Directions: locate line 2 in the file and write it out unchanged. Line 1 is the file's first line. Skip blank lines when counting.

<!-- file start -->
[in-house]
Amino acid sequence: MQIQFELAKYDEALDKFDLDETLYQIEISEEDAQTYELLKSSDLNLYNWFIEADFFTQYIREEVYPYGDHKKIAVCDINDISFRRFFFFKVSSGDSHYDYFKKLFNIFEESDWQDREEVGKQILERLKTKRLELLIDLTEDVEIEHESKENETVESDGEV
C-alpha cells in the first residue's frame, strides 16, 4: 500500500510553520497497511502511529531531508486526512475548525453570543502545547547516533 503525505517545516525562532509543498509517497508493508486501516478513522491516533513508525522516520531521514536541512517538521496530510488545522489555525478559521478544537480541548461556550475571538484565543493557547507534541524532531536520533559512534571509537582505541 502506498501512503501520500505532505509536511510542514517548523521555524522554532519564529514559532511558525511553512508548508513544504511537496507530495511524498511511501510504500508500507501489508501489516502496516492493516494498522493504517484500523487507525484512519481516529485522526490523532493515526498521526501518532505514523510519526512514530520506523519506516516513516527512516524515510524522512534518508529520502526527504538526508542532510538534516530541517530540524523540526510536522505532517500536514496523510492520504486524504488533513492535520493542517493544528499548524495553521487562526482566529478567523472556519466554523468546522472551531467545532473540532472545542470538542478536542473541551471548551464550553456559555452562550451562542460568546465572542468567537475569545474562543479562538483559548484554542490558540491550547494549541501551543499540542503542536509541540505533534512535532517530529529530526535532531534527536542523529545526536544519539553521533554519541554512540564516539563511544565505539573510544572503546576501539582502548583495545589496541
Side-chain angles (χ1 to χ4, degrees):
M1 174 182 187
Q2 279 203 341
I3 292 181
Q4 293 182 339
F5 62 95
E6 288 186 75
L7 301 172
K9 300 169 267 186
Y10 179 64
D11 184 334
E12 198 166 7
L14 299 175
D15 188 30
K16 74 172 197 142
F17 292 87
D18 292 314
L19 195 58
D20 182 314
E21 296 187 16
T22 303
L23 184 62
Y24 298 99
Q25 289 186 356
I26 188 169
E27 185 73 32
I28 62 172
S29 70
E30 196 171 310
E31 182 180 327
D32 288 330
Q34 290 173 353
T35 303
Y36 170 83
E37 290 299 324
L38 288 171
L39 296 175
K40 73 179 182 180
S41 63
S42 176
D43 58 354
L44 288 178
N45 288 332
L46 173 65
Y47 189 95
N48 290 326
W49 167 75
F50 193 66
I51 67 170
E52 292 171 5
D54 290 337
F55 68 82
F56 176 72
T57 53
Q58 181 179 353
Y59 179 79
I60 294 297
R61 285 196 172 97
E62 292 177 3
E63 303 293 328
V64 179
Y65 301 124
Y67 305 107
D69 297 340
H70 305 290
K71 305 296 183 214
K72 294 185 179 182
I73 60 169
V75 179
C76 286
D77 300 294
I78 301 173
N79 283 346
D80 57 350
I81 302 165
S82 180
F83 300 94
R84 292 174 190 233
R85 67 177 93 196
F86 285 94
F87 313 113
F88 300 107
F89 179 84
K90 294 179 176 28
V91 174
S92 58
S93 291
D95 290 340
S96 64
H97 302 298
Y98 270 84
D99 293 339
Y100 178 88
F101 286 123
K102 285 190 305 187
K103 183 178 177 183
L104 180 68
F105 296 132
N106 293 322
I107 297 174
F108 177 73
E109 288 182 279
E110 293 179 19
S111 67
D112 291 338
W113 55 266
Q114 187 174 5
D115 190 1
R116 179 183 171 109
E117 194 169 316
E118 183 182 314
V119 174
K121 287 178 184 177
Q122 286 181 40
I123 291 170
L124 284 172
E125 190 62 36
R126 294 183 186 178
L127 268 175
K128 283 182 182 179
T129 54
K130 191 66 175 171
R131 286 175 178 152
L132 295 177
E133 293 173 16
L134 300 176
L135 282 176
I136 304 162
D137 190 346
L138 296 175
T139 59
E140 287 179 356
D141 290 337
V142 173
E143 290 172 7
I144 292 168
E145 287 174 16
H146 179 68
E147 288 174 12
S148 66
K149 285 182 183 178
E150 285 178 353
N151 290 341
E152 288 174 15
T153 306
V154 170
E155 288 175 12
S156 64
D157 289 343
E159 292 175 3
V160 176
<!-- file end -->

Amino acid sequence: MQIQFELAKYDEALDKFDLDETLYQIEISEEDAQTYELLKSSDLNLYNWFIEADFFTQYIREEVYPYGDHKKIAVCDINDISFRRFFFFKVSSGDSHYDYFKKLFNIFEESDWQDREEVGKQILERLKTKRLELLIDLTEDVEIEHESKENETVESDGEV